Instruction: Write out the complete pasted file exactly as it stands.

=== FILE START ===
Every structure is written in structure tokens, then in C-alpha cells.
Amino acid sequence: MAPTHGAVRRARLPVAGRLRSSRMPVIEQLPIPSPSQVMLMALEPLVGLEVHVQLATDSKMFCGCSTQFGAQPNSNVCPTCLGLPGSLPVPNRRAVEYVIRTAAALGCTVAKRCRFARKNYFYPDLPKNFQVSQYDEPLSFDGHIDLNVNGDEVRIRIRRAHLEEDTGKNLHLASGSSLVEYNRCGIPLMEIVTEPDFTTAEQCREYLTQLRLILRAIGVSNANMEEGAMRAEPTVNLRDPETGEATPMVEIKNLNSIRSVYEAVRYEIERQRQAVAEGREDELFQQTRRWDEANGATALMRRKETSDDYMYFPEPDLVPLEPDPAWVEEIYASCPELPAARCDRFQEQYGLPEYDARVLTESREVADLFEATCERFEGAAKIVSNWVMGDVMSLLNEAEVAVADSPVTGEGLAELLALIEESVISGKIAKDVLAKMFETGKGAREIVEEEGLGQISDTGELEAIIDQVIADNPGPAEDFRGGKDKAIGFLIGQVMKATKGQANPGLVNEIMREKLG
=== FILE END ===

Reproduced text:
Every structure is written in structure tokens, then in C-alpha cells.
Amino acid sequence: MAPTHGAVRRARLPVAGRLRSSRMPVIEQLPIPSPSQVMLMALEPLVGLEVHVQLATDSKMFCGCSTQFGAQPNSNVCPTCLGLPGSLPVPNRRAVEYVIRTAAALGCTVAKRCRFARKNYFYPDLPKNFQVSQYDEPLSFDGHIDLNVNGDEVRIRIRRAHLEEDTGKNLHLASGSSLVEYNRCGIPLMEIVTEPDFTTAEQCREYLTQLRLILRAIGVSNANMEEGAMRAEPTVNLRDPETGEATPMVEIKNLNSIRSVYEAVRYEIERQRQAVAEGREDELFQQTRRWDEANGATALMRRKETSDDYMYFPEPDLVPLEPDPAWVEEIYASCPELPAARCDRFQEQYGLPEYDARVLTESREVADLFEATCERFEGAAKIVSNWVMGDVMSLLNEAEVAVADSPVTGEGLAELLALIEESVISGKIAKDVLAKMFETGKGAREIVEEEGLGQISDTGELEAIIDQVIADNPGPAEDFRGGKDKAIGFLIGQVMKATKGQANPGLVNEIMREKLG